Factors influencing gender differences in smoking and their separate contributions: Evidence from South Korea
This paper explores gender differences in smoking using information on 15,277 adults obtained from the Korea National Health and Nutrition Examination Surveys of 2001 and 2005. Applying a decomposition approach extended from the Oaxaca-Blinder method, we obtained factors influencing gender differences in smoking and estimated their separate contributions. According to the outcomes of decomposition analyses, gender differences in smoking-tendency (or inclination to smoke) accounted for 98% of the total gender difference in smoking. When the gender difference in smoking was decomposed into specified factors, the difference in smoking-tendency between married men and women was found to be the most crucial factor as it explained 11% of the total gender difference in smoking. The gender difference in the proportion of persons attaining a low level of education contributed to a 6% reduction of the total gender difference in smoking. Additionally, factors influencing the gender-specific smoking-tendency were found to be important in explaining the gender difference in smoking. We conclude that, understanding separate contributions of sets of factors affecting gender differences in smoking and devising appropriate policies could effectively reduce the smoking rate of a target gender group to the level of that of a reference gender group.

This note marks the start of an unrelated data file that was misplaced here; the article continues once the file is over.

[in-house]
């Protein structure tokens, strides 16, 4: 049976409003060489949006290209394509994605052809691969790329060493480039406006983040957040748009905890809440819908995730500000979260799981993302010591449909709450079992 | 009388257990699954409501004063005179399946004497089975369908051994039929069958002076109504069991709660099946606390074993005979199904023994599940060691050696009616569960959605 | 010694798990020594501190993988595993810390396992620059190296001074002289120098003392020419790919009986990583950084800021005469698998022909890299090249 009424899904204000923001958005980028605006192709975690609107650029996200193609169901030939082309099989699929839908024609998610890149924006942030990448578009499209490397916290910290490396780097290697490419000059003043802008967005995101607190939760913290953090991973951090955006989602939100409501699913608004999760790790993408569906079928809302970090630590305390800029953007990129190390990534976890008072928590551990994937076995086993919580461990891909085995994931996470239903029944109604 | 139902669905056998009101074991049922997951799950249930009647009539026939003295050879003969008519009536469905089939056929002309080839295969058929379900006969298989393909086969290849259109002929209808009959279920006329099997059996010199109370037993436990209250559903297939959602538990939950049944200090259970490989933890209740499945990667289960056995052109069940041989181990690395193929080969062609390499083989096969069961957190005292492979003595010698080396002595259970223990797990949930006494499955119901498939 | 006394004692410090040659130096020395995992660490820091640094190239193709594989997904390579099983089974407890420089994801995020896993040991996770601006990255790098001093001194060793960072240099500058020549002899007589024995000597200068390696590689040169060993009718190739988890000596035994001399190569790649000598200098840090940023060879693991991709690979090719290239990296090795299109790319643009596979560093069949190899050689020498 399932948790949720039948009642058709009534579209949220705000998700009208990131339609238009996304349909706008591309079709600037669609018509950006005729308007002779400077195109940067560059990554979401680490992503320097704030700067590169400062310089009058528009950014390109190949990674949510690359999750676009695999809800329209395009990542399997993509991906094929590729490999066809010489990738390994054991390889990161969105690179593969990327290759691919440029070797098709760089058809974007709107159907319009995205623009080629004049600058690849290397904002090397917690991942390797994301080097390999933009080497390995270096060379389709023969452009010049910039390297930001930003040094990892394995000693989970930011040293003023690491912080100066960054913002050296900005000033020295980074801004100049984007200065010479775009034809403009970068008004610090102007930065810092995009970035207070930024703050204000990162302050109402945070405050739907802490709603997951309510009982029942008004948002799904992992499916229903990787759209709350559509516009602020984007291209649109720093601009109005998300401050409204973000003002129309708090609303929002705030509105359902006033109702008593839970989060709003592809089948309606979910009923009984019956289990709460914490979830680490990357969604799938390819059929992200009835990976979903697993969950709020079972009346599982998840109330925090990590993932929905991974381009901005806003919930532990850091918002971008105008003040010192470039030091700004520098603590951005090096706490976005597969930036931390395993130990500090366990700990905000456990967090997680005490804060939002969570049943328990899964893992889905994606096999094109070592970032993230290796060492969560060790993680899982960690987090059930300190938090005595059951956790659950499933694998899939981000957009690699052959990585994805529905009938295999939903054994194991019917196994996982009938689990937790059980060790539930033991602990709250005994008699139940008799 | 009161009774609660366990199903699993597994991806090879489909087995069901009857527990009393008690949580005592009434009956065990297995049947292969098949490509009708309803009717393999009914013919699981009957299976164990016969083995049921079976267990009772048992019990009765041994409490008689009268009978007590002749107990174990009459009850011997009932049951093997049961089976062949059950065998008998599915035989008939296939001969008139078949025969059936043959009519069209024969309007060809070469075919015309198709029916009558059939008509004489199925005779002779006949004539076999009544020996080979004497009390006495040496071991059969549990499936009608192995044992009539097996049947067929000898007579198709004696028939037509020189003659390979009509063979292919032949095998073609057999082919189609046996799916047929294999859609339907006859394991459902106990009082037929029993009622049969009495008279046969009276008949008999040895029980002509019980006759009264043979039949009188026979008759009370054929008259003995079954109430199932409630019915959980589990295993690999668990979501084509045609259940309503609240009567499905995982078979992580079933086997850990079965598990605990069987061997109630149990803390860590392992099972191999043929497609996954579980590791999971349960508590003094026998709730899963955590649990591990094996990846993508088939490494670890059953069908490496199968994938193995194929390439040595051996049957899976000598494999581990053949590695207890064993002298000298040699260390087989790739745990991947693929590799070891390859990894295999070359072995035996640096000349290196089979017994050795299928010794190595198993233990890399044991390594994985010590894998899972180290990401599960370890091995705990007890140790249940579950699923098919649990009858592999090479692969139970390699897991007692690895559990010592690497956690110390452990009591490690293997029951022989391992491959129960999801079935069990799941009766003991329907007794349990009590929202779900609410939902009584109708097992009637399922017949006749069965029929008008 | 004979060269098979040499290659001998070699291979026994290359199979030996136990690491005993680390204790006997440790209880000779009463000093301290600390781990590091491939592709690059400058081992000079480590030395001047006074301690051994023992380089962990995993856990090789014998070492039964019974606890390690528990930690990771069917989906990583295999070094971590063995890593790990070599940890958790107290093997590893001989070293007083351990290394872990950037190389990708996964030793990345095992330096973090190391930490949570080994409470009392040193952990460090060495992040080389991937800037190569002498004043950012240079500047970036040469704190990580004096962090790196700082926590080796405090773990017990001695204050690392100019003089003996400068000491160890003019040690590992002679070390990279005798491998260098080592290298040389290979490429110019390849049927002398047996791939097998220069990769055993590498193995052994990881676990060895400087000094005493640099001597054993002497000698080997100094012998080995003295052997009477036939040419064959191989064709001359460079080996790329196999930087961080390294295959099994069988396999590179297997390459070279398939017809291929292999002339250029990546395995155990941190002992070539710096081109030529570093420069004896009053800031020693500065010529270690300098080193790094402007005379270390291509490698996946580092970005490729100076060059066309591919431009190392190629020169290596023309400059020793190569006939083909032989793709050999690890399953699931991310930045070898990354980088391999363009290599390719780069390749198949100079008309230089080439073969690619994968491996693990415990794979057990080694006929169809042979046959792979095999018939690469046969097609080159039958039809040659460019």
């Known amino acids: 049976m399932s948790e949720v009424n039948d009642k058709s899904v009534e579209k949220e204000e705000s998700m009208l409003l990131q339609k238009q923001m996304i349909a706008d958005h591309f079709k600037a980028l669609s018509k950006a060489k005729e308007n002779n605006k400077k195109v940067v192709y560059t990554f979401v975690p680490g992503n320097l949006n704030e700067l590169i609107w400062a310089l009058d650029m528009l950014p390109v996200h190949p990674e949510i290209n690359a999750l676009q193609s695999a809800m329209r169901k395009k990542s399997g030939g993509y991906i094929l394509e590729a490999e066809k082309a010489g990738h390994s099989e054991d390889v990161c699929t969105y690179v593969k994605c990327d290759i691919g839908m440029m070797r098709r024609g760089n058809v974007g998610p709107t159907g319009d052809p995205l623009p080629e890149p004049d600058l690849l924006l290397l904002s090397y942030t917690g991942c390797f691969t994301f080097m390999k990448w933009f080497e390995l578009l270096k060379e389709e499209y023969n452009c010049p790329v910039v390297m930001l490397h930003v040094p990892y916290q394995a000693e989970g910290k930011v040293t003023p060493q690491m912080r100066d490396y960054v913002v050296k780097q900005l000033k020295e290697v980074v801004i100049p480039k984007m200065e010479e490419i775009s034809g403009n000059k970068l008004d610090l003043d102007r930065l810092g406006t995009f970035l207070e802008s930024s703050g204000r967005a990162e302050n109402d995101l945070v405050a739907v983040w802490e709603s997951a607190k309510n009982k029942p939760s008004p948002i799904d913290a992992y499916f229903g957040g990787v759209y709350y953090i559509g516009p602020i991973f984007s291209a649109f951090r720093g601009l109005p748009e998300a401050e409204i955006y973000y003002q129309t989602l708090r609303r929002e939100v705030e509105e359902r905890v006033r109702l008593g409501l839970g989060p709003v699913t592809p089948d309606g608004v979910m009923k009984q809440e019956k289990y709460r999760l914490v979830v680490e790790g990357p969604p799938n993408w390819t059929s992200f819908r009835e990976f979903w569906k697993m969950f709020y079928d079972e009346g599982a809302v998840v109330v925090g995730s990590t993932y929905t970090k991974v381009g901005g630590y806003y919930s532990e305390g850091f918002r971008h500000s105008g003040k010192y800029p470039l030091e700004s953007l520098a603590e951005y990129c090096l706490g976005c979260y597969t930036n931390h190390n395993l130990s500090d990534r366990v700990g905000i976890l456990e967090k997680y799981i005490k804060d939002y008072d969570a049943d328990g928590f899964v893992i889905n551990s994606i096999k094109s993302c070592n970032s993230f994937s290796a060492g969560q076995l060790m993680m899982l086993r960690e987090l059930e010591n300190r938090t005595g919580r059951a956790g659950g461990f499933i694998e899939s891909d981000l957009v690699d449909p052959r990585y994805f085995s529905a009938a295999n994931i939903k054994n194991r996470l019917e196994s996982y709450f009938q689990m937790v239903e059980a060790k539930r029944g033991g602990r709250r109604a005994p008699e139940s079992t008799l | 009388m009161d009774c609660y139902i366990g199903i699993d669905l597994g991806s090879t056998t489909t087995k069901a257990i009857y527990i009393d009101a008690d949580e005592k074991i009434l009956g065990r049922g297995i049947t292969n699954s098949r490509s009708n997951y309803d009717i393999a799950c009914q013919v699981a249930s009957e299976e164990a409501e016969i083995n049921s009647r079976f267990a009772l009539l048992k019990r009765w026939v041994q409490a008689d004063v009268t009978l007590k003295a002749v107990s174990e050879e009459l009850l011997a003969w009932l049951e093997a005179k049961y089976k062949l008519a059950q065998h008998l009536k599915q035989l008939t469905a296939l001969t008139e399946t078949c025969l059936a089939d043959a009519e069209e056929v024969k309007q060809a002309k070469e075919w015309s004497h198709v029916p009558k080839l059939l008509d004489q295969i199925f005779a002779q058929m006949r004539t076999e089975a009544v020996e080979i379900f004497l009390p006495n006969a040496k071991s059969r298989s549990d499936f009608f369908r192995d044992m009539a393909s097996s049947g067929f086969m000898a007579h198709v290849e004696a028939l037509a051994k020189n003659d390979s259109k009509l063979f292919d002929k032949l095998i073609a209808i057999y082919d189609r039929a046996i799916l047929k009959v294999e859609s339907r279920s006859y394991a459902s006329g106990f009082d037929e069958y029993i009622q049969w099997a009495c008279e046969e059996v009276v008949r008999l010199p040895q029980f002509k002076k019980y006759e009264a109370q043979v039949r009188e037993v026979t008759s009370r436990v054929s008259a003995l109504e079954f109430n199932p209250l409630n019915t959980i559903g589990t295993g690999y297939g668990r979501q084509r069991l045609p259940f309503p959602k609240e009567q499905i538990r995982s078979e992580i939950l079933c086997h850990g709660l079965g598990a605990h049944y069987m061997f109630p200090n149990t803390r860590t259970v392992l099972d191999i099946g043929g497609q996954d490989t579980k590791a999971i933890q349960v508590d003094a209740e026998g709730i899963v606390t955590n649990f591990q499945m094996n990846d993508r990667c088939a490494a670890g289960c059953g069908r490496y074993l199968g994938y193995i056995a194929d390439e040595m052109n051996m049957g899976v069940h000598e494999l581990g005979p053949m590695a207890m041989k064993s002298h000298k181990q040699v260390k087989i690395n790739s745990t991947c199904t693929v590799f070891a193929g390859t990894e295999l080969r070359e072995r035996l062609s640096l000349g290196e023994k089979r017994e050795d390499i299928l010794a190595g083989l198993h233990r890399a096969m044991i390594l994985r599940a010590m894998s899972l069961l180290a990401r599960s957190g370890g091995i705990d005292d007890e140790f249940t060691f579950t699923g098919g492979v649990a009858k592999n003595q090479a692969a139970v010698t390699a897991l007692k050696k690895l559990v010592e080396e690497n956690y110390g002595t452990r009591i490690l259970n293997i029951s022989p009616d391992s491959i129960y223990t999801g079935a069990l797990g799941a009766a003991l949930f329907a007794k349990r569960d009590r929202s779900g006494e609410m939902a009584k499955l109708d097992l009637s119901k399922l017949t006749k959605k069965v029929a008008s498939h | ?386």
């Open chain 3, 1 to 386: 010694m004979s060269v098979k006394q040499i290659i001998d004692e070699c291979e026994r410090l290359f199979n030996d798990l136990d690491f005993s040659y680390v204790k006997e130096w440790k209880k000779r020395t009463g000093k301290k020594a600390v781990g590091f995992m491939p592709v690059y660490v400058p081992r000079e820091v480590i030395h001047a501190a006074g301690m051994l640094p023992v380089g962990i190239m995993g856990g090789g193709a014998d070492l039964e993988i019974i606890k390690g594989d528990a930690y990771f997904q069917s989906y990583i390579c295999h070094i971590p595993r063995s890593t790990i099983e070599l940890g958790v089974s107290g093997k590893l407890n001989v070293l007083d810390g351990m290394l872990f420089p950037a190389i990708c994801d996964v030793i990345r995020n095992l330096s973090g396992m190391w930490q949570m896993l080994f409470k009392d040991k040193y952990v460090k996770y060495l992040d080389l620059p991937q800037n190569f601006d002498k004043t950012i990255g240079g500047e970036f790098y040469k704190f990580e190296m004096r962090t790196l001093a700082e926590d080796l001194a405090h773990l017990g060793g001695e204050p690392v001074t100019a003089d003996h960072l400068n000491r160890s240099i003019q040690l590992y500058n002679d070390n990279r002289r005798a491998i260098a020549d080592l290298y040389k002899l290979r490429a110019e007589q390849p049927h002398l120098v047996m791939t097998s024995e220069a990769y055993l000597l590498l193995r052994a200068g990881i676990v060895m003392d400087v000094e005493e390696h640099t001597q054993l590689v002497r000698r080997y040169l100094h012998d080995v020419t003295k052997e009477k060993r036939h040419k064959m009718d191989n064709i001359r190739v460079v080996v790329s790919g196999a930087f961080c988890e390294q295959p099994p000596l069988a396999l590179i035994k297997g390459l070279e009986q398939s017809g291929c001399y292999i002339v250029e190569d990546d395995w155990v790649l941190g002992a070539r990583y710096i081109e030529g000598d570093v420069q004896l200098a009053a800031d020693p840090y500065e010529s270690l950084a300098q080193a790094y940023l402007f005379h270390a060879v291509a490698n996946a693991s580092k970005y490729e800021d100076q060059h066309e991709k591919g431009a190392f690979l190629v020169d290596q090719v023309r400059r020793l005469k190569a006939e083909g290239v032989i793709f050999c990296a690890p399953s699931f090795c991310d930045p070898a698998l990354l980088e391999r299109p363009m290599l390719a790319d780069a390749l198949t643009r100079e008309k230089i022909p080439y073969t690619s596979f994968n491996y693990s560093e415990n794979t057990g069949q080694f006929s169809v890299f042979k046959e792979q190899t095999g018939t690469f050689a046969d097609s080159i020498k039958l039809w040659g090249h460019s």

Volume (Year): 70 (2010)
Issue (Month): 12 (June)
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